Alaric Alexander Watts

H., "Alaric A. Watts" La Belle Assemblee S3 1 (Feburary 1825) 66-69.

Whatever may be our power, the charge shall never be justly urged against us, that we endeavoured to crush genius in its birth — that youth, virtue, and talent became the victim of our critical ferocity. Well do we recollect the sensations which, some years ago, we experienced when, on turning over the old volumes of a review possessed of high celebrity in its day, we accidentally alighted upon a critique that we had written upon "Clifton Grove," the first avowed publication of poor Kirke White. The bard was then no more — all consciousness respecting his volume had escaped us — but we found that we had spoken cheeringly to his young spirit, and balmy was the unction to our own heart!

Mr. Watts is probably not now a very young man. Many of his early, almost boyish productions, scattered like waifs and strays, had long been before the public. They were written, as he tells us, between the years of sixteen and twenty-one. The fate of one of these little pieces — Verses to Octavia, the eighth Daughter of J. Larkins, Esq. — is curious, and affords a striking illustration of the mighty magic of a name. "In most of the journals, daily, weekly, and monthly, for July, 1818, these verses were ascribed with very flattering eulogiums to the pen of no less distinguished a poet than Lord Byron; although they had been published a month before, with the author's name, in the Edinburgh Magazine." "The trifle which," Mr. Watts observes, "with his undignified patronymic might have slumbered unmolested in the pages of a Scotch Magazine until doomsday, aided by a factitious appendage, was forthwith ushered into life, light, and popularity." Mr. Watts was happily induced to call home his fugitives, and give them to the world in a volume: that that volume should, within a few months, have reached its third edition, will be regarded as a strongly presumptive proof of its merit; and at all events it will serve to shew, that whatever advantages its author may derive from the notice of liberal critics, he has little to dread from the attacks of those who delight in wielding the tomahawk and the scalping knife.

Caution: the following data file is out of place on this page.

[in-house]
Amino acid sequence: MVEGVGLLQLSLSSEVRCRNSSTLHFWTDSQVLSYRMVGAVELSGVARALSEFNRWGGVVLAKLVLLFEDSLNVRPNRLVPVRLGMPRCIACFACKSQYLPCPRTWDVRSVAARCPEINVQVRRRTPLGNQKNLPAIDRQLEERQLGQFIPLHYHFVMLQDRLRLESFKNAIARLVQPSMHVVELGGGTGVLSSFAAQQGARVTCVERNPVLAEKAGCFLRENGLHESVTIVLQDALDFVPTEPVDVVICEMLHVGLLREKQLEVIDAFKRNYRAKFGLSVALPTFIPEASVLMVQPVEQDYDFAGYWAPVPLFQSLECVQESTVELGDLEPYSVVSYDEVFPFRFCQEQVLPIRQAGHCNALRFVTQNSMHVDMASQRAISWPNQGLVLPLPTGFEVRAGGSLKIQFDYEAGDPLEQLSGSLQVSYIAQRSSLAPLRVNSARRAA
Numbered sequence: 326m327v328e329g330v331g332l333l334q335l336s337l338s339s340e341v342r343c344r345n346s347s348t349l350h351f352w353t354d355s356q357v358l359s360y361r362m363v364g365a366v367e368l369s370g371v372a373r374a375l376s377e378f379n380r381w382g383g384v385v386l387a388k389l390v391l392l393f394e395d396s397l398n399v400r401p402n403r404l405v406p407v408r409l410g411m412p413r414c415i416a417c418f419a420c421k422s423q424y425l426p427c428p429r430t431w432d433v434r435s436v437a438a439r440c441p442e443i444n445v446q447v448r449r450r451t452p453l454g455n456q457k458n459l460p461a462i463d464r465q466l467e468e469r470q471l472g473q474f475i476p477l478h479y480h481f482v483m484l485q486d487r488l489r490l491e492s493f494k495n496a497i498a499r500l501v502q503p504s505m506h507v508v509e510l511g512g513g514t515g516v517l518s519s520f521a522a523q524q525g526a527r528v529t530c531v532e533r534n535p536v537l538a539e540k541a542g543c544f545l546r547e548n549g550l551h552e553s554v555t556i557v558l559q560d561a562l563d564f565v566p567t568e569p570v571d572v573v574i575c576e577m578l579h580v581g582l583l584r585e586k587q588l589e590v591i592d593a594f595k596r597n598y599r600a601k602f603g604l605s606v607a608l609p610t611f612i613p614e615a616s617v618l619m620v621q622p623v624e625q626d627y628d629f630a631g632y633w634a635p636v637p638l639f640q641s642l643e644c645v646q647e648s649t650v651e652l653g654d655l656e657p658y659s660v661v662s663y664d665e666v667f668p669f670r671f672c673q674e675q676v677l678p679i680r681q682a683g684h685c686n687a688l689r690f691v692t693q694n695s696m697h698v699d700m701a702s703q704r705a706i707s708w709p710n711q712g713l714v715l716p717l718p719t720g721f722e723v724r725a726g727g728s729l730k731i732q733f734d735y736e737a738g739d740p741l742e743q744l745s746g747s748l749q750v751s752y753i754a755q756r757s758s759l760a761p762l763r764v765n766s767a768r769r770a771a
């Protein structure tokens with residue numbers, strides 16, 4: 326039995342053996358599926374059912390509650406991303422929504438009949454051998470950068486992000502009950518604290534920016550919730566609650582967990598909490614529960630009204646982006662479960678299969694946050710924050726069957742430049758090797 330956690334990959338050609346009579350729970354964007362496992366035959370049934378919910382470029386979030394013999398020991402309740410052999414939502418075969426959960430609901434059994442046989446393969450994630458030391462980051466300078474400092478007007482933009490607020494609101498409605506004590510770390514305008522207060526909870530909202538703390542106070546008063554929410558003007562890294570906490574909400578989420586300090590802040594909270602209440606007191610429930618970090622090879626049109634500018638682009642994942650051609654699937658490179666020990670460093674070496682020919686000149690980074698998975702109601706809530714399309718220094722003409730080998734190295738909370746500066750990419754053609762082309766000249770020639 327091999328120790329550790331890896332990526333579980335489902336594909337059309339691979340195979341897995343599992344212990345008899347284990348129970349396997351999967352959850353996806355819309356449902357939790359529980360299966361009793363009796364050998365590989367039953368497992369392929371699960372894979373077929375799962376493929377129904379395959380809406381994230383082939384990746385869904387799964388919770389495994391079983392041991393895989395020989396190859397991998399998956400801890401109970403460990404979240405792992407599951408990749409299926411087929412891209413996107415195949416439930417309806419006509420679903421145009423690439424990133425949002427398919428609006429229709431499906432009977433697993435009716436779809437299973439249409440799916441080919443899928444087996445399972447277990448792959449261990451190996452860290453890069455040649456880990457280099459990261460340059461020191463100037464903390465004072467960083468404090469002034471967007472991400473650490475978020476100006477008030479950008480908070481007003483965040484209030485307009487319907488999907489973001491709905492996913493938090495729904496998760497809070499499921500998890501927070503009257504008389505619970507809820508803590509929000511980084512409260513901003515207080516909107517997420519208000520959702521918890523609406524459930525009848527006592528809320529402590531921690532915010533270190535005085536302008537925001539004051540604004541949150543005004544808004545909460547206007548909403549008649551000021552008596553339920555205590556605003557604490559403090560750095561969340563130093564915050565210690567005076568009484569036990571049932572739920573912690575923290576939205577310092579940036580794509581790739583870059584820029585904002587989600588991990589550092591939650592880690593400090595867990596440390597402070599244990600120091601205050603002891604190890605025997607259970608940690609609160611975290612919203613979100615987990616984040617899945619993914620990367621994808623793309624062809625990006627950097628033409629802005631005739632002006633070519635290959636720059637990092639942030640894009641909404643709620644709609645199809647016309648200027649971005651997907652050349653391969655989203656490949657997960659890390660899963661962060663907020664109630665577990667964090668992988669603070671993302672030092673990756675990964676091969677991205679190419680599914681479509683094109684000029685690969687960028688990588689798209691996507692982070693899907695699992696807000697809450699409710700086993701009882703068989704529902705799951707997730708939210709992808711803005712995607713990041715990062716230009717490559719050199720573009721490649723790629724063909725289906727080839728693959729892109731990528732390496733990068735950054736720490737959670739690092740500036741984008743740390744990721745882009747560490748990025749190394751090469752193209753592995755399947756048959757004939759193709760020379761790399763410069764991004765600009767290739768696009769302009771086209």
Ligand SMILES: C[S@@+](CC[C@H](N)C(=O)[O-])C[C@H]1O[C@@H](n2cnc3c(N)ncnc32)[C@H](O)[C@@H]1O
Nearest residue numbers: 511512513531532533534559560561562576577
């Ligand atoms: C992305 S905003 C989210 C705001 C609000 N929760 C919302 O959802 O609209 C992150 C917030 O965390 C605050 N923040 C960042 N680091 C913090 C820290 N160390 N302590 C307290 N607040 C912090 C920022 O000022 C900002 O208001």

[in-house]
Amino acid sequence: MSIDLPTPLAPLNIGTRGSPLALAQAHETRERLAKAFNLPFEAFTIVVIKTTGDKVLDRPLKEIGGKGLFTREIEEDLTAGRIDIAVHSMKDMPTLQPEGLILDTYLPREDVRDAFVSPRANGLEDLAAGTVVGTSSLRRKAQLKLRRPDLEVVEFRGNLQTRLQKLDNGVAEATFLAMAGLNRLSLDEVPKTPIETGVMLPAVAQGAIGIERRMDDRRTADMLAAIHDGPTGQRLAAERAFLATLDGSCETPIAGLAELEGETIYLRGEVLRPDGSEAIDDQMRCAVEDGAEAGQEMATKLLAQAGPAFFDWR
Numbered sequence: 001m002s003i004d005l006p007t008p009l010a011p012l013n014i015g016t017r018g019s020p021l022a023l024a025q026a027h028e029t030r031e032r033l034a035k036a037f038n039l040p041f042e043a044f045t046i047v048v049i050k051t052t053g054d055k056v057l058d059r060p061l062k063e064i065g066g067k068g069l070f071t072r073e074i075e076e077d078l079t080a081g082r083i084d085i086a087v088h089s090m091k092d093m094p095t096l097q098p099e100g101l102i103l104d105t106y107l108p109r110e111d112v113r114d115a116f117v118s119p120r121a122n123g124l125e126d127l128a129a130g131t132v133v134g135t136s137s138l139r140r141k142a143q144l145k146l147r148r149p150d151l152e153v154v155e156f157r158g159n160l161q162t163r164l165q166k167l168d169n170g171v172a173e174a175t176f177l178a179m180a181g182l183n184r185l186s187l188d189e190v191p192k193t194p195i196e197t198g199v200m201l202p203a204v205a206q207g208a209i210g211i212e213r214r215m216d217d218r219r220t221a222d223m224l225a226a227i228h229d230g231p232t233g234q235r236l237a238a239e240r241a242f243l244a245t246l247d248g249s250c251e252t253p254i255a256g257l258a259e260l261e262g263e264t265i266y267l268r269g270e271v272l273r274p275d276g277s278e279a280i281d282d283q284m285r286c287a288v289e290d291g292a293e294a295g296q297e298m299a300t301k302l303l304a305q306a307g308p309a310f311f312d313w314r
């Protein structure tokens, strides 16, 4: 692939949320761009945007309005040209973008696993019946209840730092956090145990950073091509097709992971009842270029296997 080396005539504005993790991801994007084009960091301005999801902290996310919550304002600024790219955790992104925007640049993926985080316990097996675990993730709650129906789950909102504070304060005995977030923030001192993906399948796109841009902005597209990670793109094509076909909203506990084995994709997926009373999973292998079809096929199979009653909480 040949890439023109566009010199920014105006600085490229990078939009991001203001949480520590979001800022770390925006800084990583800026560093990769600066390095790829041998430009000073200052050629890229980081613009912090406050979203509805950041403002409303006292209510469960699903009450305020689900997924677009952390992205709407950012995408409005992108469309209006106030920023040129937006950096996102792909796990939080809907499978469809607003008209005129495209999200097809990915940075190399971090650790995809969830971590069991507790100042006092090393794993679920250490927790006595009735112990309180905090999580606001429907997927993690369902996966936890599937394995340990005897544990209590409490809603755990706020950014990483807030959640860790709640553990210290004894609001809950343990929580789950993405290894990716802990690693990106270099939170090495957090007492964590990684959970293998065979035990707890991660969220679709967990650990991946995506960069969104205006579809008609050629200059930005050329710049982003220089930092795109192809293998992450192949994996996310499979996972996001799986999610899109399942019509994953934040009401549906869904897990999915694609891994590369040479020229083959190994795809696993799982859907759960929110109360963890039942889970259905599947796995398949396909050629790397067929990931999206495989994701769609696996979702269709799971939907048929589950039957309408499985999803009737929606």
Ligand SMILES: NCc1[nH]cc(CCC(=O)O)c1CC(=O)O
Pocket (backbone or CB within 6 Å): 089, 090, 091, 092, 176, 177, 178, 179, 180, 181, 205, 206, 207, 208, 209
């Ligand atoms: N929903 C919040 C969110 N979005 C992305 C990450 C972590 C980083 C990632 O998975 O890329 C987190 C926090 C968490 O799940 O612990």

We contemplate Mr. Watts's unassuming volume — affectionately inscribed, if we mistake not, to his wife — as a beautiful exemplification of the bud, the blossom, and the fruit, combined. It is not, however, perfect as a whole, or even in all its parts; its author is not equally happy in every class of poetical composition. We are glad, therefore, that its reputation is such as will enable us to speak freely, without the far of inflicting either injury or pain.